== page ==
The secret life of man’s best friend is pondered in BARK: The Musical. This quirky show from Swansong Productions tracks a day in the life of a group of dogs who congregate in a local park. Rocks, a young rescue dog, is new to the gang and it seems that he has a lot to learn.
All the performers showed a reasonable amount of doggy behaviour, but still could have gone further with their roles to become more believable.
After an opening number of screechy and over-amplified vocals, BARK launches into what limited plot it has. Rocks is a ‘yelper’ in search of his bark with help from the other dogs, but this constitutes such a minor part of the performance that it doesn’t succeed in holding the piece together. Otherwise, each dog simply sings on rotation about a different aspect of their existence. The book and lyrics from Gavin Dillard, Robert Schrock and Mark Winkler provide a varied exploration of a dog’s life, including house-training, fleas and a crush on Lassie. However, without a clear plot line, this performance seems to drag on endlessly and could use trimming.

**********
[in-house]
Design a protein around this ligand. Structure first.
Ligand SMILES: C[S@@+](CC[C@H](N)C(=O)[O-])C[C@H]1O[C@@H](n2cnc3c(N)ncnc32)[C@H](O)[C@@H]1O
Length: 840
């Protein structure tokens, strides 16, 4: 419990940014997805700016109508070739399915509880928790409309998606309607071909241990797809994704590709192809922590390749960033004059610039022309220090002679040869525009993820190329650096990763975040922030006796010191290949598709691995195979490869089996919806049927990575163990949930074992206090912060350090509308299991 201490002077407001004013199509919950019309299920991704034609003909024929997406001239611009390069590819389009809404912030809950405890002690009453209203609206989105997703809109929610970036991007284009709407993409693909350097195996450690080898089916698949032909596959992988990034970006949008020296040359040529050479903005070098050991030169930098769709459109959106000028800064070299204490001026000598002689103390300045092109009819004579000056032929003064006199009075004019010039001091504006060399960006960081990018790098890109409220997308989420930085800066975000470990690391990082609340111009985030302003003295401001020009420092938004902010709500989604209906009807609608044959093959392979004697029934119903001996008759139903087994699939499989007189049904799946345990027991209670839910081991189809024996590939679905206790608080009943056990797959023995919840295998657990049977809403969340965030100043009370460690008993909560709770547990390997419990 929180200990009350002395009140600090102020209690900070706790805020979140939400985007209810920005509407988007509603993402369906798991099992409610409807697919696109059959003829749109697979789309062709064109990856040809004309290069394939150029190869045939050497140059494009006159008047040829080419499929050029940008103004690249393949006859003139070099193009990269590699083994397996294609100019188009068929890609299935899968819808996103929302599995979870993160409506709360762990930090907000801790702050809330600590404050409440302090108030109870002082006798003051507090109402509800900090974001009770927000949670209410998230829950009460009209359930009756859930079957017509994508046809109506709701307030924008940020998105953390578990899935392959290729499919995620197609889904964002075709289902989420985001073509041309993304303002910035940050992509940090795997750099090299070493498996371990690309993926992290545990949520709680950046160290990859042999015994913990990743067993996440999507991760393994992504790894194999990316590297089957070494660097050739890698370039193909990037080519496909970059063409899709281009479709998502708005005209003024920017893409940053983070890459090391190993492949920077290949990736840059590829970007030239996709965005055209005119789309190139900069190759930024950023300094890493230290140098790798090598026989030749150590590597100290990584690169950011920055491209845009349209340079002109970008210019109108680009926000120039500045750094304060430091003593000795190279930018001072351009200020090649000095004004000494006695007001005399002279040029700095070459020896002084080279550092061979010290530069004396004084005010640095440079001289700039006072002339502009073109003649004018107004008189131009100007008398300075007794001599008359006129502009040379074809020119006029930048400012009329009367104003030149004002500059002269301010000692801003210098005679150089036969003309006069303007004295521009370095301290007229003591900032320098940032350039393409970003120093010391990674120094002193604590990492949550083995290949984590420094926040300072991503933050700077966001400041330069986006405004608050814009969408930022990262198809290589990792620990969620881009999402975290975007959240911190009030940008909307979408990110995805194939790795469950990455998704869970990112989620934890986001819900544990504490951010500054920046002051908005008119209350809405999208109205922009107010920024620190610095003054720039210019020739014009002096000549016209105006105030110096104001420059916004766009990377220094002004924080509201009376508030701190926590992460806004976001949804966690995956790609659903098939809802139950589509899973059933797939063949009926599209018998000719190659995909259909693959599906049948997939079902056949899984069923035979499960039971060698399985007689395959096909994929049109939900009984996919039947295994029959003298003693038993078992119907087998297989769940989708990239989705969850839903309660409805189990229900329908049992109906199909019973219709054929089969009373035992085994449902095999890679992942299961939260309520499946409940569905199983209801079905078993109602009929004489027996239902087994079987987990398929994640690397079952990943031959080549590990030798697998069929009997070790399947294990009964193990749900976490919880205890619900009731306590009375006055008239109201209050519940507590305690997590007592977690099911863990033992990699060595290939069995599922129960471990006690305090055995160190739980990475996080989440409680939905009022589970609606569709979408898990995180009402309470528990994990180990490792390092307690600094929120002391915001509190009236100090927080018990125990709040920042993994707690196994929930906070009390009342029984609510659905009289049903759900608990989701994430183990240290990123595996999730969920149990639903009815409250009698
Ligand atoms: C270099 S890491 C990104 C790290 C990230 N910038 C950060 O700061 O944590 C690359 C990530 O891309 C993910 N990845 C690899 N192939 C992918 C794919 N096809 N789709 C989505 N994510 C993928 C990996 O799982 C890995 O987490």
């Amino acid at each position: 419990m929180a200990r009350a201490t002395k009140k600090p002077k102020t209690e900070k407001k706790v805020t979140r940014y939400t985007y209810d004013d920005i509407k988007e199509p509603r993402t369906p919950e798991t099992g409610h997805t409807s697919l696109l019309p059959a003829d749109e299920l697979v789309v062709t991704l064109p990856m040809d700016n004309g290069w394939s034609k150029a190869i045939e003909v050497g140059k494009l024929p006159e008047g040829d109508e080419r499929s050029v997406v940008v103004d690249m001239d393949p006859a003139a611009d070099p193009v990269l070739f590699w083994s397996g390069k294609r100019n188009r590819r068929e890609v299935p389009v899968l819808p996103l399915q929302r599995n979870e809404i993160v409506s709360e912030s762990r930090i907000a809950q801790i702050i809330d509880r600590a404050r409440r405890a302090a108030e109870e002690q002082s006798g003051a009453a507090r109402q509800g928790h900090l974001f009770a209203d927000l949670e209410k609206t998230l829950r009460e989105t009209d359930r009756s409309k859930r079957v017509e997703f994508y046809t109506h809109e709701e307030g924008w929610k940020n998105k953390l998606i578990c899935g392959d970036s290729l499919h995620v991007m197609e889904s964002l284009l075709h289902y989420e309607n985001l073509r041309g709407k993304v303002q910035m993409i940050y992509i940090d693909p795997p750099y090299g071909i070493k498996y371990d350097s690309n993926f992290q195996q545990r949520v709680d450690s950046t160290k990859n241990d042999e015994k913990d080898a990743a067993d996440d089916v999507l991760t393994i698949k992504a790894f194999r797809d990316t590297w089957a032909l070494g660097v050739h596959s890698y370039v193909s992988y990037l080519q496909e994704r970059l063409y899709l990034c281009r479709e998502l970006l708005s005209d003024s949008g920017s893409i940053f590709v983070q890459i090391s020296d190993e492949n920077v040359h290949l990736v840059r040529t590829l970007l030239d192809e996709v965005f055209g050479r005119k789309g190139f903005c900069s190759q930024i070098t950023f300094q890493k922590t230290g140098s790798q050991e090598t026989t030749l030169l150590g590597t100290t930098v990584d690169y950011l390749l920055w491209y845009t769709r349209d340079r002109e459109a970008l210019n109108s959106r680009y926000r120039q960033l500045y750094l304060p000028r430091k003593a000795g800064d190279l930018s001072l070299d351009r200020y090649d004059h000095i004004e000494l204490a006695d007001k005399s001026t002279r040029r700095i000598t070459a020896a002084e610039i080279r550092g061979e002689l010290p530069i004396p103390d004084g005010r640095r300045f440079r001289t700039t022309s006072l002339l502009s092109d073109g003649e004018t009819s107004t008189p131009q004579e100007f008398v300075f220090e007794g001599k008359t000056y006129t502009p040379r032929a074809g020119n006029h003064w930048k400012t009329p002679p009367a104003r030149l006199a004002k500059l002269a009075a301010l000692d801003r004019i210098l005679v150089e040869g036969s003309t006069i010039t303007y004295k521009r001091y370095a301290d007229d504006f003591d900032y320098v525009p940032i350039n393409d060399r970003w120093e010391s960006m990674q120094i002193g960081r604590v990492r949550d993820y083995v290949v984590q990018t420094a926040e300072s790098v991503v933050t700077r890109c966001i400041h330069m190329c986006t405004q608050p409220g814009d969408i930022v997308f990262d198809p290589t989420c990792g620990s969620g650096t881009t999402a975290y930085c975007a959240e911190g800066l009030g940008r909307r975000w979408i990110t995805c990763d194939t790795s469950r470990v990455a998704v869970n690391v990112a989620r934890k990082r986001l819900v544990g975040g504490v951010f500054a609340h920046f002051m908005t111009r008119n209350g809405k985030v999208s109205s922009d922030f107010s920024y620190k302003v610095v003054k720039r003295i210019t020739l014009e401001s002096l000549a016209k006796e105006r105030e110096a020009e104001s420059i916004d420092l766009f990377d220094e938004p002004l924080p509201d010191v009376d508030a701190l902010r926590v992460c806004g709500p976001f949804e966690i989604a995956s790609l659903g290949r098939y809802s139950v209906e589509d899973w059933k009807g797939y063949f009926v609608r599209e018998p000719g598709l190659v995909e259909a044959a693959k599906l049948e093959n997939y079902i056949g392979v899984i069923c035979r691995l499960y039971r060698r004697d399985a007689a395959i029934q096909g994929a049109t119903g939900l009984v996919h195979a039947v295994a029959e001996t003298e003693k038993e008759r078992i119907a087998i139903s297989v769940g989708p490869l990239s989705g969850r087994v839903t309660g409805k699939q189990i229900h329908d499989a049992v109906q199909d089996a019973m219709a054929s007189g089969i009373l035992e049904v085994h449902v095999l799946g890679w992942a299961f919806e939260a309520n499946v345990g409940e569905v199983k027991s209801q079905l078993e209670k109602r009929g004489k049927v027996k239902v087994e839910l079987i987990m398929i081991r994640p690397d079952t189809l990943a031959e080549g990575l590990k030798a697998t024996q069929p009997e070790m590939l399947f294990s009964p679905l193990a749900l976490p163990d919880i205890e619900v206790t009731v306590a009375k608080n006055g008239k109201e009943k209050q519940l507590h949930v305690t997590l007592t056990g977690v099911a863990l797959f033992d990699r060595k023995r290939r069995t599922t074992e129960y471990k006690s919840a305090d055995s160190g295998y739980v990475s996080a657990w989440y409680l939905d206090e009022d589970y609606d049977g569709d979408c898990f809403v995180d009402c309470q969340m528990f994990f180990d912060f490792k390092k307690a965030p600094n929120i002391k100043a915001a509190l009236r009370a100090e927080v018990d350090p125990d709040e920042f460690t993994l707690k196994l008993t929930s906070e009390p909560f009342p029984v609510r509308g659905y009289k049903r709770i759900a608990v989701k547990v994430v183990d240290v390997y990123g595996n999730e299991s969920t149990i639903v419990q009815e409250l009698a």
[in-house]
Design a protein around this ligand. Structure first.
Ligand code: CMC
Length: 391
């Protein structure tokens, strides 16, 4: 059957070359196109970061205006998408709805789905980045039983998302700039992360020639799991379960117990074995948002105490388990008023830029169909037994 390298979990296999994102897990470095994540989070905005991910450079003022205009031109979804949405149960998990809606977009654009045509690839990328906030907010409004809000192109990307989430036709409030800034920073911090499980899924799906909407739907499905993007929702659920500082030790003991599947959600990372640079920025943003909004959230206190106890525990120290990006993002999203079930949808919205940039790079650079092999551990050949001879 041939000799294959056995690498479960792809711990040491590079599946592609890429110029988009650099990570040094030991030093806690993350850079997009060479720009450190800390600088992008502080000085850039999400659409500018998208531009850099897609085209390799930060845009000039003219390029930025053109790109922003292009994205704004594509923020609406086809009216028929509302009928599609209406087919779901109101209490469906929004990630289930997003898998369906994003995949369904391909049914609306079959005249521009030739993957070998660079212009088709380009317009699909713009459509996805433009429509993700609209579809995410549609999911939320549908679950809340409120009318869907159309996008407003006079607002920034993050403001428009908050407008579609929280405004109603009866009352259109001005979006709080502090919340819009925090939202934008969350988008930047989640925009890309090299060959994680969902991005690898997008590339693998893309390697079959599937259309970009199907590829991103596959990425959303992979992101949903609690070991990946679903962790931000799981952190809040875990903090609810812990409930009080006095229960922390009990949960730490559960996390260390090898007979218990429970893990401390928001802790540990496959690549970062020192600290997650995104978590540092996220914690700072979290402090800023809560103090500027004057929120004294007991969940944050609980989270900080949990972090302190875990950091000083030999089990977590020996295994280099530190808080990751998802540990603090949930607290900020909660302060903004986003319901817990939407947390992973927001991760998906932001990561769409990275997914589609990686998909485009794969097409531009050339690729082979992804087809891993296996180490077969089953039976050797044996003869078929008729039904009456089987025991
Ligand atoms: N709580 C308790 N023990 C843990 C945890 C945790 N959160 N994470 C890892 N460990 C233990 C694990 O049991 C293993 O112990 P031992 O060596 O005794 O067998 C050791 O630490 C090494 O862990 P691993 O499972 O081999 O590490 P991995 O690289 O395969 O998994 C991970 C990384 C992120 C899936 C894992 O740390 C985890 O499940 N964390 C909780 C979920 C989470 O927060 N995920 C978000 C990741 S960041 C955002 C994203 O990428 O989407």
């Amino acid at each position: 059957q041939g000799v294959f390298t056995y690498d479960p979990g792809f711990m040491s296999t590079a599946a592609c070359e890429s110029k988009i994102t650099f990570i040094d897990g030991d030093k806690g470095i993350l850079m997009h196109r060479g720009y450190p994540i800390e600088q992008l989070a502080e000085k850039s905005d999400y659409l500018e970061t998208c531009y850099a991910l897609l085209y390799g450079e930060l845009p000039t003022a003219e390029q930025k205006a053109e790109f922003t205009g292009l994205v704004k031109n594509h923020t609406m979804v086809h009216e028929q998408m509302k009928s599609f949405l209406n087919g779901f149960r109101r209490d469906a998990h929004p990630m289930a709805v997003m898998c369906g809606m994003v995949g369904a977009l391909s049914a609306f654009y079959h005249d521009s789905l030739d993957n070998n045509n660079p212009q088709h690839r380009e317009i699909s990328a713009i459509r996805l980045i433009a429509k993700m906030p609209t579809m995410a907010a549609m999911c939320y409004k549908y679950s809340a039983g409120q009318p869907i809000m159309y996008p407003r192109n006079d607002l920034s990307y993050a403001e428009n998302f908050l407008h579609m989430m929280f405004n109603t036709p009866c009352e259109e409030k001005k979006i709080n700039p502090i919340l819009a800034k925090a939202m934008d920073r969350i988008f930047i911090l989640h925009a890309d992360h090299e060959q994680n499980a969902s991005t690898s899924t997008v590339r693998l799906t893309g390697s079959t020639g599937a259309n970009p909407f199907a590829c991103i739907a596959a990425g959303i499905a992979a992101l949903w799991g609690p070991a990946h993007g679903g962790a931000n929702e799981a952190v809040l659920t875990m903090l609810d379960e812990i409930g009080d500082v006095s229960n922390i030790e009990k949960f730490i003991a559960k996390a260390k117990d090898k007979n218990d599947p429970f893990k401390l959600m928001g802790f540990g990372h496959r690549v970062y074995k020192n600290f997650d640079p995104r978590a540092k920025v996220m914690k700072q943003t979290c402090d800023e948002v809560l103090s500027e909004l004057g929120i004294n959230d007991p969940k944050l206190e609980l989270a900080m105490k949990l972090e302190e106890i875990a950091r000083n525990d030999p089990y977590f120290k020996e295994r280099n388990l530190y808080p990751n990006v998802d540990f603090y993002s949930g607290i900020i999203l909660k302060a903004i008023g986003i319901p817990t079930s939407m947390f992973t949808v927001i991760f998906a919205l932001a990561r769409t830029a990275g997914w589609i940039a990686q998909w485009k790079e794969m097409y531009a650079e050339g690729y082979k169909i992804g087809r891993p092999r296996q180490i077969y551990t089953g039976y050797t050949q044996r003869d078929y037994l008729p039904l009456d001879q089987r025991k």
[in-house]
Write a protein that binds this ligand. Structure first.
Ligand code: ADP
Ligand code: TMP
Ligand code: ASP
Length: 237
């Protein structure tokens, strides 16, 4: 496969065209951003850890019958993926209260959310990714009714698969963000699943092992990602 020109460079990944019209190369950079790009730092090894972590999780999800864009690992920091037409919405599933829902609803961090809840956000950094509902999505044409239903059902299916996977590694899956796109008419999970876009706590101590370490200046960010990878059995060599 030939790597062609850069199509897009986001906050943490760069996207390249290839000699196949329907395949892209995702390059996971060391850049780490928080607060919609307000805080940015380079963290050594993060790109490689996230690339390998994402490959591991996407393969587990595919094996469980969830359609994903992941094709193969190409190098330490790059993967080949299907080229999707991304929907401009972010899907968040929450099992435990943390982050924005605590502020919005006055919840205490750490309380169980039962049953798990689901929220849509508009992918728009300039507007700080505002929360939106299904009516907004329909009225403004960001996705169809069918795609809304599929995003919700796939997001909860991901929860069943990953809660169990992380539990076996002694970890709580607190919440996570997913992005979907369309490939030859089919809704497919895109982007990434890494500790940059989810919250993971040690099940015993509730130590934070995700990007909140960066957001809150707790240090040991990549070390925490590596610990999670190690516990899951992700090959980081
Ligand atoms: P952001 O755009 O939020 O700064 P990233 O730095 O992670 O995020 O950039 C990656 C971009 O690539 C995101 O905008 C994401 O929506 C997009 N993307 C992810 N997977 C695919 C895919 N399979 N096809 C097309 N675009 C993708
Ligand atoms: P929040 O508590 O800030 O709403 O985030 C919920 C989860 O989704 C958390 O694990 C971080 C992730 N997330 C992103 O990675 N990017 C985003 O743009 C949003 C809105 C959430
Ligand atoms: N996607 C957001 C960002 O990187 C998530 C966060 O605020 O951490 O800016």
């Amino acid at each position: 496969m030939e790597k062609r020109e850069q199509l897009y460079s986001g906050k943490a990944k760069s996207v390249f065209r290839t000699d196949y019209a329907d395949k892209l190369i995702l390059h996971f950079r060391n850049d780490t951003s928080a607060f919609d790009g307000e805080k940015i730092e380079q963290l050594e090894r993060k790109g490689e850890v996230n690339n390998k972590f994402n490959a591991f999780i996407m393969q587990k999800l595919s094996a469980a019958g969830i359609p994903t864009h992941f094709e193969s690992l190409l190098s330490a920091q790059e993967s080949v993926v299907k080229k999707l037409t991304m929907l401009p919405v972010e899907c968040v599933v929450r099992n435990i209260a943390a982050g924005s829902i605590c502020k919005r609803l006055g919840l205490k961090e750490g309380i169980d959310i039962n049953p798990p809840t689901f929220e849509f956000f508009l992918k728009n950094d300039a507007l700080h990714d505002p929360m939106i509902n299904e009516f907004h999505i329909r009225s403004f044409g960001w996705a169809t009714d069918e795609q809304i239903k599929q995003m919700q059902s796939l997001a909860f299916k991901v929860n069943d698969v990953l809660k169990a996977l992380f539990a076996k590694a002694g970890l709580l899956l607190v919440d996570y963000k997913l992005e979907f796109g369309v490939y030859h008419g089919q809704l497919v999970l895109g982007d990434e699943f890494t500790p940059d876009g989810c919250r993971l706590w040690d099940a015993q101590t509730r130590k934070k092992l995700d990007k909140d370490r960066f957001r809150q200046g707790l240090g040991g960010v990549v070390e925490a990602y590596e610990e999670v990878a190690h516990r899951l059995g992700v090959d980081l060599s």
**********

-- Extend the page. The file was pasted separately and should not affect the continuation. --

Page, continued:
Emily Chesterton gives outstanding vocals and her operatic voice suits the upper class canine she plays. Dale Adams also performs a great wide-eyed innocence as Rocks. There’s no false ears or tails here; the audience are simply expected to suspend their disbelief and see the humans before them as animals. All the performers showed a reasonable amount of doggy behaviour, but still could have gone further with their roles to become more believable.
Choreography from Francesca Goodridge, who also directs, is consistently smooth throughout the performance and it seems that every line or lyric has been allocated a concise movement. The entirety of the stage is used with actors occasionally even sitting on the empty front row seats. However, reinforcements are definitely needed on the park bench at the centre of the stage, which struggled under the force of the dancing upon it. A loud crack seemed to take both actors and audience by surprise.
There’s fun to be had at BARK. The overtly cheesy jokes and awkward digs at the audience will appeal to some. I did see a number of dog owners in the audience nodding and laughing in recognition of their pooches’ odd behaviours. However, without a driving plot, it’s fun that tires quickly.